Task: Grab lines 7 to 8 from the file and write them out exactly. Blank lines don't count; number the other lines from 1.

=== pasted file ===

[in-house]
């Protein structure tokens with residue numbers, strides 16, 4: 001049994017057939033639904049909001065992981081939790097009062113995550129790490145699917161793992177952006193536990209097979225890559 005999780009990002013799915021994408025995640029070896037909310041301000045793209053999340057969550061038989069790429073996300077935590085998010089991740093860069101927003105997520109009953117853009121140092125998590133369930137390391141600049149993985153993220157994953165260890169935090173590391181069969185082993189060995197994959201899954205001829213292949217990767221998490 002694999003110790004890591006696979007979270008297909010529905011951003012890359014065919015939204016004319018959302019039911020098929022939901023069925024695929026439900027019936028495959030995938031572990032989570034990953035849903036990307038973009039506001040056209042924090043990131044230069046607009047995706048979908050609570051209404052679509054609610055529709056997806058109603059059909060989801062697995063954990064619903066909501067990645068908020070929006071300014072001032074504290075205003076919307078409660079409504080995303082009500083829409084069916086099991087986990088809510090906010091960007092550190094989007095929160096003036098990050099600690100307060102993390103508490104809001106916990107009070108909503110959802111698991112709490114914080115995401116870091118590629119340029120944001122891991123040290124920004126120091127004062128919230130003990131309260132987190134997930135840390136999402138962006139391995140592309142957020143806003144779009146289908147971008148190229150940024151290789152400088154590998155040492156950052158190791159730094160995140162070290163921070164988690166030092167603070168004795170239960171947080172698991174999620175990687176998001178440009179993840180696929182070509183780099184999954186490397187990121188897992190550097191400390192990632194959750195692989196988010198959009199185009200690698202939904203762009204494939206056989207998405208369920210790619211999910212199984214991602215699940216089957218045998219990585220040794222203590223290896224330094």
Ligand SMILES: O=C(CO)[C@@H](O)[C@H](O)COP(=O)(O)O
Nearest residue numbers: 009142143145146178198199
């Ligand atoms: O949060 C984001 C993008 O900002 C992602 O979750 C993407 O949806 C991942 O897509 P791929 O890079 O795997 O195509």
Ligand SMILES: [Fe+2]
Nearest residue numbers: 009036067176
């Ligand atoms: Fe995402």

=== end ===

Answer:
Nearest residue numbers: 009036067176
């Ligand atoms: Fe995402």